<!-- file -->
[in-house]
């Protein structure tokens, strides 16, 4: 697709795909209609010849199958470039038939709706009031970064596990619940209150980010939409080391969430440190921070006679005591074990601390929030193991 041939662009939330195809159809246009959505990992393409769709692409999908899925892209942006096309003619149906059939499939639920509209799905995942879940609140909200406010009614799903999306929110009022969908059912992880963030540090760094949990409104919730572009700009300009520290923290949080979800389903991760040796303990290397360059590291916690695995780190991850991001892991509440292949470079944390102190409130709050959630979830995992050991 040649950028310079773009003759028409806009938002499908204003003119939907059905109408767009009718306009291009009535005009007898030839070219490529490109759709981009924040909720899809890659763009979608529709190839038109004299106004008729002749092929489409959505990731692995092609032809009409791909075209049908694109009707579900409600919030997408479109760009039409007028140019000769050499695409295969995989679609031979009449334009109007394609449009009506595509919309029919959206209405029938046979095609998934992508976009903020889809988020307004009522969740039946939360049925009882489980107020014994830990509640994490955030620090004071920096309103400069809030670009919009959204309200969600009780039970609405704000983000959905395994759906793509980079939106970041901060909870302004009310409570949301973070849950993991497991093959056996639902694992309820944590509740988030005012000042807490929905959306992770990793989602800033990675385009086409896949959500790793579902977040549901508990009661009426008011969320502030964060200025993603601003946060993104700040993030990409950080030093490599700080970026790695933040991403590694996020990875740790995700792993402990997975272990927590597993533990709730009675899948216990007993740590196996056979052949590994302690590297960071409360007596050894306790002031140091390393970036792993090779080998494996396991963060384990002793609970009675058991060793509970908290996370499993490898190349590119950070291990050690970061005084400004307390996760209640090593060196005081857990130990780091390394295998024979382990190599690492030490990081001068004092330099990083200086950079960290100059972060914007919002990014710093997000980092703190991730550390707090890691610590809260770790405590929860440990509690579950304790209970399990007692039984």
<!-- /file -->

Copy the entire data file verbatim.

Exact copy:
[in-house]
């Protein structure tokens, strides 16, 4: 697709795909209609010849199958470039038939709706009031970064596990619940209150980010939409080391969430440190921070006679005591074990601390929030193991 041939662009939330195809159809246009959505990992393409769709692409999908899925892209942006096309003619149906059939499939639920509209799905995942879940609140909200406010009614799903999306929110009022969908059912992880963030540090760094949990409104919730572009700009300009520290923290949080979800389903991760040796303990290397360059590291916690695995780190991850991001892991509440292949470079944390102190409130709050959630979830995992050991 040649950028310079773009003759028409806009938002499908204003003119939907059905109408767009009718306009291009009535005009007898030839070219490529490109759709981009924040909720899809890659763009979608529709190839038109004299106004008729002749092929489409959505990731692995092609032809009409791909075209049908694109009707579900409600919030997408479109760009039409007028140019000769050499695409295969995989679609031979009449334009109007394609449009009506595509919309029919959206209405029938046979095609998934992508976009903020889809988020307004009522969740039946939360049925009882489980107020014994830990509640994490955030620090004071920096309103400069809030670009919009959204309200969600009780039970609405704000983000959905395994759906793509980079939106970041901060909870302004009310409570949301973070849950993991497991093959056996639902694992309820944590509740988030005012000042807490929905959306992770990793989602800033990675385009086409896949959500790793579902977040549901508990009661009426008011969320502030964060200025993603601003946060993104700040993030990409950080030093490599700080970026790695933040991403590694996020990875740790995700792993402990997975272990927590597993533990709730009675899948216990007993740590196996056979052949590994302690590297960071409360007596050894306790002031140091390393970036792993090779080998494996396991963060384990002793609970009675058991060793509970908290996370499993490898190349590119950070291990050690970061005084400004307390996760209640090593060196005081857990130990780091390394295998024979382990190599690492030490990081001068004092330099990083200086950079960290100059972060914007919002990014710093997000980092703190991730550390707090890691610590809260770790405590929860440990509690579950304790209970399990007692039984």